Hematology Nurse Job Description OverviewJob Descriptions October 28, 2013
A hematology nurse works with patients who have diseases or disorders involving their blood. The nurses work with hematologists or oncologists. Most hematology patients are very ill with diseases such as leukemia, sickle cell anemia, thrombocytopenia, hemophilia and other life-threatening diseases. The nurse needs to have empathy and compassion in order to ease the fears of patients and their families. Some specific duties include the following.
• Hematology nurses are charged with taking a detailed comprehensive medical history at the patient’s initial visit to the doctor. Nothing can be overlooked, even incidents that may seem minor to the patient. The nurse needs to ask probative questions in order to elicit information from the patient that might not think of to provide voluntarily.
• Nurses keep the medical history updated for each medical visit. They need to ask questions about what has happened since the last visit and record all relevant information. For example, unexplained bruises may indicate an exacerbation of many hematology conditions. Symptoms such as fatigue, nausea or headaches may be extremely important. Nurses must be knowledgeable about what needs to be noted on the patient charts and be certain nothing is overlooked.
• All test results since the last visit must be accurately recorded. In many hematology patients, treatment depends on comparing test results from one visit to the next. If blood levels have changed, the treatment will change. The doctor needs to have this information in an easily identifiable way in order to accurately prescribe treatment.
• A primary duty of hematology nurses is to educate the patients and their families about the specific medical condition. This includes all precautions that the patients may need to take in order to properly treat the disease and to prevent, as far as possible, in any complications. For example, patients with thrombocytopenia with a low platelet count may need to avoid using knives in the kitchen until the platelet level increases to a certain level. The nurse instructs patients on signs and symptoms to watch for that may indicate a change in their condition and a need to call the doctor.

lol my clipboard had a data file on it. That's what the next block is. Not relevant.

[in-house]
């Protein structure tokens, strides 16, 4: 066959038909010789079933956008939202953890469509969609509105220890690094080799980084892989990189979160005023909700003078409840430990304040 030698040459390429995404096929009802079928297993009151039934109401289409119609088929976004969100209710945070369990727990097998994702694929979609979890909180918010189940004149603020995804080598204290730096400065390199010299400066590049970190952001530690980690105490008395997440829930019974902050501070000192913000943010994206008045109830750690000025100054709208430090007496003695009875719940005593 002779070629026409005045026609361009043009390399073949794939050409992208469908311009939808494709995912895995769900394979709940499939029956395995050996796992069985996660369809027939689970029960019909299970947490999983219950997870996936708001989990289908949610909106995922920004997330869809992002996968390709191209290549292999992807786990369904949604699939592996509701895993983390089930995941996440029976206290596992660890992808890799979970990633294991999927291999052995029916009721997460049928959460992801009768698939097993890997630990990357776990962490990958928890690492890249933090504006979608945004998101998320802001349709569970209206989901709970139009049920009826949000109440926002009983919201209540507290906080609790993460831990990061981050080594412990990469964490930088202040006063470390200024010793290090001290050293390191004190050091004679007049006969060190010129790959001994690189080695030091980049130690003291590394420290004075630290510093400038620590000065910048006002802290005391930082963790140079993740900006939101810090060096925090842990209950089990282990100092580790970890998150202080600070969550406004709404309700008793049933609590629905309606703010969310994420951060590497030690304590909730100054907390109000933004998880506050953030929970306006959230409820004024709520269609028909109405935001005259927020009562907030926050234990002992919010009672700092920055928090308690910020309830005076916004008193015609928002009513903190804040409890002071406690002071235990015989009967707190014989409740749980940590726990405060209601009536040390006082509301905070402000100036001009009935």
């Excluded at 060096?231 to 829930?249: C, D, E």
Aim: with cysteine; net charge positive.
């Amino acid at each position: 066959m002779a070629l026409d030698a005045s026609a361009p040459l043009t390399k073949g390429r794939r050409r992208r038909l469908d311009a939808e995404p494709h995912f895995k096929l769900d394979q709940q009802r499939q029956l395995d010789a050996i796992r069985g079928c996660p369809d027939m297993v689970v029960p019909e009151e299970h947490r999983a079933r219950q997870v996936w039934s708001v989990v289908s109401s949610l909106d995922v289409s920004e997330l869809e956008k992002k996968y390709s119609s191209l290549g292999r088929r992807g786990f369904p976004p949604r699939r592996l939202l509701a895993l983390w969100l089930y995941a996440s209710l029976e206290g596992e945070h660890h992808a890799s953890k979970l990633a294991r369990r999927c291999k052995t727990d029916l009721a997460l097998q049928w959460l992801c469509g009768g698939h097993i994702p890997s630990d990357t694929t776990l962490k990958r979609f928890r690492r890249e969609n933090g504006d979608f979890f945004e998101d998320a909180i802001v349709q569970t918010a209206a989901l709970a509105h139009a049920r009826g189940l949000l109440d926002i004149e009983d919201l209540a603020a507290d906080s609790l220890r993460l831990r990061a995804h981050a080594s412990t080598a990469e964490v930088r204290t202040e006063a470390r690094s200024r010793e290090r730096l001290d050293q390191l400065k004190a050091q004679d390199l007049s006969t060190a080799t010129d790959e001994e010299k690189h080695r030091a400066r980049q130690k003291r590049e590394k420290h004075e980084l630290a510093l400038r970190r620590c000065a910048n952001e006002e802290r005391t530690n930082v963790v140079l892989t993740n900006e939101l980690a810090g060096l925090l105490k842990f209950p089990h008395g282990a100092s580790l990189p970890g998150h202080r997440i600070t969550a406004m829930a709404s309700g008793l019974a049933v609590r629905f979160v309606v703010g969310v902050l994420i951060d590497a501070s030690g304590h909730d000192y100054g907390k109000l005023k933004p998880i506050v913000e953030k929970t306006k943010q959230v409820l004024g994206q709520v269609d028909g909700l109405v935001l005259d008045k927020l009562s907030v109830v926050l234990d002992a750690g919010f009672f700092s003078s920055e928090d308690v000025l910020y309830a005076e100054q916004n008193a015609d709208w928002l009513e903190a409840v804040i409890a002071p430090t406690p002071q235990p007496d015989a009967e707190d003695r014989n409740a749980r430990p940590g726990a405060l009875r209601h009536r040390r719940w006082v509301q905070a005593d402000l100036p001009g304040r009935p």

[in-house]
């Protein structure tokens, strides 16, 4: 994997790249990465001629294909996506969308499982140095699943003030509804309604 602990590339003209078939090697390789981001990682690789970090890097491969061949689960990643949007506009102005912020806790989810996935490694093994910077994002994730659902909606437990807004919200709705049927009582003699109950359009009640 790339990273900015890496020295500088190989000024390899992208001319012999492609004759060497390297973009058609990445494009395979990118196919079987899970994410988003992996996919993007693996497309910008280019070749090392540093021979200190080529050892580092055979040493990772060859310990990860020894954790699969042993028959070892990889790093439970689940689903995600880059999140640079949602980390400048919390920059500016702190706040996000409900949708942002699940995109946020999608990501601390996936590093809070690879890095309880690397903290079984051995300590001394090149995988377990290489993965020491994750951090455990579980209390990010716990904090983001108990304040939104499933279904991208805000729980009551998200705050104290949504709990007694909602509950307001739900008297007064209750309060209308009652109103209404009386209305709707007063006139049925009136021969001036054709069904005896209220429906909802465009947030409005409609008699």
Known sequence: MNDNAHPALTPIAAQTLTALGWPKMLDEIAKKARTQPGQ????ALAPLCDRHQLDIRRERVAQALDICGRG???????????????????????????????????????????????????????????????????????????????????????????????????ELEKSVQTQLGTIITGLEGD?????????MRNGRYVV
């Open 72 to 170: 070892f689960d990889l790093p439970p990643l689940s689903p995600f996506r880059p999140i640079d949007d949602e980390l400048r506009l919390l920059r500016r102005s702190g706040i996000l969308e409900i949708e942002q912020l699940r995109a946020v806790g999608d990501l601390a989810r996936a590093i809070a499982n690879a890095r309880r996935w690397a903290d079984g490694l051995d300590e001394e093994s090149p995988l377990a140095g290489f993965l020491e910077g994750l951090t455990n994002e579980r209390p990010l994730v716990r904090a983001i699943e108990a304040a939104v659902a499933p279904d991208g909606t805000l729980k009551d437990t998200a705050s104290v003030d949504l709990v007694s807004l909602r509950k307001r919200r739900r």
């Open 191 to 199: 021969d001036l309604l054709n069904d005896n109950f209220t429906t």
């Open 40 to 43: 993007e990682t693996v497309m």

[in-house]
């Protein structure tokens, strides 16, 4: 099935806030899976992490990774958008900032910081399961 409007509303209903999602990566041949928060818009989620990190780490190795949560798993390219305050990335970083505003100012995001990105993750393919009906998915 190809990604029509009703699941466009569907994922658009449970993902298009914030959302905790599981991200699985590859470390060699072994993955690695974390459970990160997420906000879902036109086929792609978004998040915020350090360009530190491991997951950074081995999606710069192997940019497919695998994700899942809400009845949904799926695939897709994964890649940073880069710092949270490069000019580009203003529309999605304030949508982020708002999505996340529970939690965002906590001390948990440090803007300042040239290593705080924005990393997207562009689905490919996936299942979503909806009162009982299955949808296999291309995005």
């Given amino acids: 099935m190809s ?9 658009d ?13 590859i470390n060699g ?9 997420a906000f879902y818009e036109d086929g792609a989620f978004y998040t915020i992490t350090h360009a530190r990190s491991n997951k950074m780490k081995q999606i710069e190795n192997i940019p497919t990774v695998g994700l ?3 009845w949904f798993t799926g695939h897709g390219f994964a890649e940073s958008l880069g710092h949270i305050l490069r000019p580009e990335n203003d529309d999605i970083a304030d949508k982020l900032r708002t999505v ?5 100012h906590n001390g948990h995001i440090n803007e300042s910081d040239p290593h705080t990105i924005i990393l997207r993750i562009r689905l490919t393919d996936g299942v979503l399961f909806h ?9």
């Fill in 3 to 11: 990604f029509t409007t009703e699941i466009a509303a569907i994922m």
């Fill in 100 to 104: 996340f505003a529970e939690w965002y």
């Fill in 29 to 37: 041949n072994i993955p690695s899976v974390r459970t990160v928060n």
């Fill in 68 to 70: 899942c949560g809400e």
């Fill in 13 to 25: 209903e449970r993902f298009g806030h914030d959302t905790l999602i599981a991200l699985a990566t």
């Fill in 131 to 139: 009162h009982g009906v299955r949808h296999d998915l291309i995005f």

•The hematology nurse assists or performs blood and platelet transfusions. This involves starting the IV injection of the blood or platelets and monitoring the condition of the patient during the transfusion. The nurse needs to be aware if the patient experiences any pain at the IV site or any systemic reactions such as a sudden headache or flushing of the skin. Any adverse reaction to the transfusion must be immediately recognized and treated.
• Advanced practice hematology nurses may conduct examinations, order tests and prescribe medications.
• Hematology nurses must be educated on the signs and symptoms of blood diseases and disorders in order to provide adequate triage for patients who contact them with questions. The nurses need to be able to properly assess whether the patient needs to be directed to an emergency room, asked to come in immediately to see the doctor, or make an appointment for them as soon as possible. In some types of cases, hematology nurses may be able to adjust medication levels based on information provided to them by the patients.